A new year means new rules. Those for 2019 may not be the wholescale changes due for 2021 – all aimed at making F1 racing even more competitive - but they are laying the all-important groundwork. Some will be obvious – the cars will look noticeably different – but others are subtler, though no less notable. Here’s our round-up of what you need to know about the new season’s regulations…


What’s the change: A wider, higher – and much simplified – front wing

Why has it been made: To help chasing drivers follow the car in front more closely - and in turn increase the possibility of overtaking.

The wing's width is increased by 200mm, its height by 20mm, and it’s moved forward by 25mm.

Complex endplates that outwash airflow around the front tyres are banned. Instead, much simpler endplates mean almost the full width of the wing is devoted to direct downforce generation.

The wing’s added height further enhances its power and make it less sensitive to stall - so drivers are less likely to suddenly lose front-end grip when they close up on another car.

The multiple under-wing strakes seen on 2018 cars are now limited to two each side, meaning more of the airflow is fed to the underbody. This is less sensitive to aerodynamic disturbance and so creates a less choppy 'wake' for a following driver to deal with.

Formula One Testing
Williams test a 2019-spec wider front wing during testing in Hungary last July. Note the aero paint, to aid aerodynamic understanding.


What’s the change: Smaller – and repositioned – barge boards

Why has it been made: To make them less powerful and less aerodynamically disruptive. The barge boards are reduced in height by 150mm, and moved forward by 100mm to better join up the airflow from the front wing. This ultimately helps make the flow coming off the rear of the car less problematic for following drivers, meaning they should be able to get closer to the car in front.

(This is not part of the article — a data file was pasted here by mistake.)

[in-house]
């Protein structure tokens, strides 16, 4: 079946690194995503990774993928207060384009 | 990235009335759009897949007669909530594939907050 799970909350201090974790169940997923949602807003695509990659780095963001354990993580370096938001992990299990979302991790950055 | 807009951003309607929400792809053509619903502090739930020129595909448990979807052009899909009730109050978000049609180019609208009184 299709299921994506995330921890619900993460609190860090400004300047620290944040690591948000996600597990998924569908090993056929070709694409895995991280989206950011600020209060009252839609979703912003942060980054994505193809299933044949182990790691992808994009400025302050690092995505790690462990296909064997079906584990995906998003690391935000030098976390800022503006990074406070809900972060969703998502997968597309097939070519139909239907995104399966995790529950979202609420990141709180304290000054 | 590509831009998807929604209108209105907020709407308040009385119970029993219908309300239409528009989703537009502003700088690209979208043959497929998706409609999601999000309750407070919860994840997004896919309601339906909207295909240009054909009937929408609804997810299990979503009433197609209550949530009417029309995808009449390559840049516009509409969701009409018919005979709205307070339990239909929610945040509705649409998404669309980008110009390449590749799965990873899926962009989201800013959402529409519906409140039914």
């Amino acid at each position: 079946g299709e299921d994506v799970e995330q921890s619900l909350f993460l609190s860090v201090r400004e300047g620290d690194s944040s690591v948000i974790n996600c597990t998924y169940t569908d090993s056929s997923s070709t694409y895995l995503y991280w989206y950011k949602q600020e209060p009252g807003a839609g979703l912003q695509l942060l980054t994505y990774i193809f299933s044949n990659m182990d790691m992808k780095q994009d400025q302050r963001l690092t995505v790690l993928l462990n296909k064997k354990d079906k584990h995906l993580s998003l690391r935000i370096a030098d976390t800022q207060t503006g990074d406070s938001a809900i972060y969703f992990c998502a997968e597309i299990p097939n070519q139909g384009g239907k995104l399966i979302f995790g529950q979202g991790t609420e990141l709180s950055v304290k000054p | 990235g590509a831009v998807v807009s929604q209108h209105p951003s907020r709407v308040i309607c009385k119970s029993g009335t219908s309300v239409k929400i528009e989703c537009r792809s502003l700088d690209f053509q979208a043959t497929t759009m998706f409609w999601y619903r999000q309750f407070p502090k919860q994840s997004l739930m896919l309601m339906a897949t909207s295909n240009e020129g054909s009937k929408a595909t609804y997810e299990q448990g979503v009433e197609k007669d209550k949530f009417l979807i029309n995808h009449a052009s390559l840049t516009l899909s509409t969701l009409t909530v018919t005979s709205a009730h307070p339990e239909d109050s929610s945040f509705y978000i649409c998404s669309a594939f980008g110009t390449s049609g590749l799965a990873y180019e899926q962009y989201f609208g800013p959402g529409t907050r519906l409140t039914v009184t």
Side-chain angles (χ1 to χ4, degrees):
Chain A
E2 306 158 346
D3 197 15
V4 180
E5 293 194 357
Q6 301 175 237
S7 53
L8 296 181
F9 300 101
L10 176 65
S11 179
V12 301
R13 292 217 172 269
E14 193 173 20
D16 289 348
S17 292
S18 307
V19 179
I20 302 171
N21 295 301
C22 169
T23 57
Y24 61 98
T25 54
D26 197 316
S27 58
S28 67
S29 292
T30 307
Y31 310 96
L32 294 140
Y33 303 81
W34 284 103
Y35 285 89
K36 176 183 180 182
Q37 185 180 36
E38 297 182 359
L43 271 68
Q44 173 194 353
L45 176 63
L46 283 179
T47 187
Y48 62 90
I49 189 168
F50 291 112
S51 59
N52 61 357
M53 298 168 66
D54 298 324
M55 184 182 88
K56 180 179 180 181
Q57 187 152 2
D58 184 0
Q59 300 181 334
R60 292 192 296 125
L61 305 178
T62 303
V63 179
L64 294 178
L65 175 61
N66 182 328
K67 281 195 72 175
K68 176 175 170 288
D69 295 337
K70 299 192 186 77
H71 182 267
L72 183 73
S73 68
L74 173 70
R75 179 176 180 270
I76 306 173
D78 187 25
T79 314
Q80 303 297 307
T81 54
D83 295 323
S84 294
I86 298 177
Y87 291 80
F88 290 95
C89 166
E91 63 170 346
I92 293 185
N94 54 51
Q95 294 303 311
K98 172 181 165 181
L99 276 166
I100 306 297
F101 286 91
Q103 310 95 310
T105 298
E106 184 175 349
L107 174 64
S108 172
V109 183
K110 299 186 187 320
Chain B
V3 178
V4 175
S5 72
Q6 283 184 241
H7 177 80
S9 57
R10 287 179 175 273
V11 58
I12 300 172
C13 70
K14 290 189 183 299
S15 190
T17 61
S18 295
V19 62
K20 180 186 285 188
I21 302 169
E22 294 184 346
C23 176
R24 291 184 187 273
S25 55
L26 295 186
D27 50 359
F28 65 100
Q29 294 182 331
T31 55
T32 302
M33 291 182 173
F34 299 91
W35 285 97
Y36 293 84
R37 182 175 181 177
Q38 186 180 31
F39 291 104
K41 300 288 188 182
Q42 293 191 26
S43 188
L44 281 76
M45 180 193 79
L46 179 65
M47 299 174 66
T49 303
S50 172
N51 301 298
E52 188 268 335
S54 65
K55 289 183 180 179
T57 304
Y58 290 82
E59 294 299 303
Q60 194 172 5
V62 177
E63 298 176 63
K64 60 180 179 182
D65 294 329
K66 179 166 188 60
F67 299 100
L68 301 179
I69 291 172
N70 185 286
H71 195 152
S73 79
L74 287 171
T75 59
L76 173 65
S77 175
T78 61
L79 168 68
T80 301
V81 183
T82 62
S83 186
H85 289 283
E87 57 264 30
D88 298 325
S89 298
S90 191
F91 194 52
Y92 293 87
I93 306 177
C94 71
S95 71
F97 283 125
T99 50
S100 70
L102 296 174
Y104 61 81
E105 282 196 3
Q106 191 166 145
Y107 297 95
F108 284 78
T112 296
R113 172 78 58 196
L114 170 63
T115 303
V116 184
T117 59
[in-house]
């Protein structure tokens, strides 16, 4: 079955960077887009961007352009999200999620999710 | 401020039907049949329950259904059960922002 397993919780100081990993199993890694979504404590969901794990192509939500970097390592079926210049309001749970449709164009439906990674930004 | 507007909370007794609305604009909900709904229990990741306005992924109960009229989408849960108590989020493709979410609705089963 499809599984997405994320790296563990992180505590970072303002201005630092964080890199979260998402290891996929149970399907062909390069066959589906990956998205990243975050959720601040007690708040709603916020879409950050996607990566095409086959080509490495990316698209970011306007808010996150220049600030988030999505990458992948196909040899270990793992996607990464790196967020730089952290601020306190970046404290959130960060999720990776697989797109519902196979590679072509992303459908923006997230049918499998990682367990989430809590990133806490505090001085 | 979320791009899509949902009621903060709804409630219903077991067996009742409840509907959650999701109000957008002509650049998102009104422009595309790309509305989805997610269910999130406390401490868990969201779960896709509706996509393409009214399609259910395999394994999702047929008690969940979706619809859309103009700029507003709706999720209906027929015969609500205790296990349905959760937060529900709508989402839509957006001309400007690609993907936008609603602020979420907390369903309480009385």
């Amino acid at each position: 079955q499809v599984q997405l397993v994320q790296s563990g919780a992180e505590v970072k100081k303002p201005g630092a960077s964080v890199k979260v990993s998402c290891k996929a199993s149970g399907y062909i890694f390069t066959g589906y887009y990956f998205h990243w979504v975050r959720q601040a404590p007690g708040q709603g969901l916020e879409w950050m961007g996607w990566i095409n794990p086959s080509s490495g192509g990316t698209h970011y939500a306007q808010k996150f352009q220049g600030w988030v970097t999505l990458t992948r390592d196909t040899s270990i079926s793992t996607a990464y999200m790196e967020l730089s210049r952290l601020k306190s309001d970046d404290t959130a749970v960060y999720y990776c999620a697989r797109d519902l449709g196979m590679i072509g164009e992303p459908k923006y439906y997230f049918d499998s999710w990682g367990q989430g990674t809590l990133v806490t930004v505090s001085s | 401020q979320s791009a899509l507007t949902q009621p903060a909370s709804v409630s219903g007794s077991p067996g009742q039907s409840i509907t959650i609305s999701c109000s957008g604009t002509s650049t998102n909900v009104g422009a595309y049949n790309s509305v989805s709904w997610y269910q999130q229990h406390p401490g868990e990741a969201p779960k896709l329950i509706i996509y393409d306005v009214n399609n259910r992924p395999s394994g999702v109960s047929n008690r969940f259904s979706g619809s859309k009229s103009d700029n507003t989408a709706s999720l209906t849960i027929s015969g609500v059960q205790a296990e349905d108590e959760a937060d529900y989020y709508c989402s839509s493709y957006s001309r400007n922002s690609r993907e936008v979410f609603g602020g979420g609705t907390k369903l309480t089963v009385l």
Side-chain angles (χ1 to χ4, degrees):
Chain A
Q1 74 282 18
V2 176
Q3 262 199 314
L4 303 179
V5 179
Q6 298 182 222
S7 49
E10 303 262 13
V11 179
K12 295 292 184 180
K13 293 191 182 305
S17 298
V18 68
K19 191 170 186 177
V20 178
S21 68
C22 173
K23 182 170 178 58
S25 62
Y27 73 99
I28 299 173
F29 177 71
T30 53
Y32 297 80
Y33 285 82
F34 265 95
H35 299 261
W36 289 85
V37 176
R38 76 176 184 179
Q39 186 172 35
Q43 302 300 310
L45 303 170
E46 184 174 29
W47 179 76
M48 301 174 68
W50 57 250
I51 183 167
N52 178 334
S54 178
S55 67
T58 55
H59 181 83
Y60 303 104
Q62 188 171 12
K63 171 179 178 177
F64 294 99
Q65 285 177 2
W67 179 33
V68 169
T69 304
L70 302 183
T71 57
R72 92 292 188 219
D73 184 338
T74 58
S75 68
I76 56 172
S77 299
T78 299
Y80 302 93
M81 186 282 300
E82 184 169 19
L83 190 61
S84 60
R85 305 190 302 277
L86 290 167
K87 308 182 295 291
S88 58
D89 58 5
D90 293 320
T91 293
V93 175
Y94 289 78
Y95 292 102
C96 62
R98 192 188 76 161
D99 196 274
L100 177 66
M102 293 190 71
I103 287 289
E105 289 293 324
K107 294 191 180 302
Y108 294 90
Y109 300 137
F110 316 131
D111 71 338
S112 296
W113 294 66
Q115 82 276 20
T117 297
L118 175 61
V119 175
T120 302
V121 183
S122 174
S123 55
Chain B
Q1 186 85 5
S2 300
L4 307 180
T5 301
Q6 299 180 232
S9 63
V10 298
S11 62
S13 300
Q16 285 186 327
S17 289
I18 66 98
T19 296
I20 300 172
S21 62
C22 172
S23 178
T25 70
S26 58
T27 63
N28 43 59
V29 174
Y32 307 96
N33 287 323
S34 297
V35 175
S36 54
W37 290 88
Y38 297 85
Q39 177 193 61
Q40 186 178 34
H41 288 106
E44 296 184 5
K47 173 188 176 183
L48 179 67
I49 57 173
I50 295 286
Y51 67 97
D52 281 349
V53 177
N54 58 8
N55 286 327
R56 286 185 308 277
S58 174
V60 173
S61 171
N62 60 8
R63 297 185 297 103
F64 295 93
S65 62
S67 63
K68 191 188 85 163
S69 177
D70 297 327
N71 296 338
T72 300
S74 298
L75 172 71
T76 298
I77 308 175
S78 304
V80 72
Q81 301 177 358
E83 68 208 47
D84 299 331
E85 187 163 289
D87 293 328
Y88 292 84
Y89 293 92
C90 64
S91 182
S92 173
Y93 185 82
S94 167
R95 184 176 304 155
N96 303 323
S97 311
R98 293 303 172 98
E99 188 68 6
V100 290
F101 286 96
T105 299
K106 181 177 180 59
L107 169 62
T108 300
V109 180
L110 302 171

What’s the change: A higher, wider, simpler wing

Why has it been made: Like the front wing, to help promote even closer racing. Height is up by 20mm, taking the 'rooster tail' wake coming off the back car higher into the air. Combined with a width increase of 100mm, the larger wing assembly creates a bigger hole in the air – to the benefit of cars trying to slipstream behind.

Furthermore, the DRS opening is increased by 20mm, boosting its potential power by around 25 percent, and a limitation has been placed upon the pressure-equalising endplate slots of 2018.


What’s the change: Simplified design

Why has it been made: To reduce the aerodynamic exploitation of brake ducts. Restrictions on complex designs mean less surface area for aerodynamicists to play with. The change also means less downforce reduction when that area of the car is in disturbed air – something else that, again, should help drivers when following another car closely.

2019: The technical regulation changes


What’s the change: Rather than the rainbow of tyre colours used in 2018, Pirelli have cut that down to three for 2019

Why has it been made: To make understanding strategy easier for fans, the terms hypersoft, ultrasoft and supersoft have been consigned to the history books. Now each Grand Prix will feature simply a white-marked hard tyre, a yellow-marked medium, and a red-marked soft. However, the actual compounds used for those three designations will change depending on the circuit, with Pirelli having five to choose from – C1 being the hardest, C5 the softest.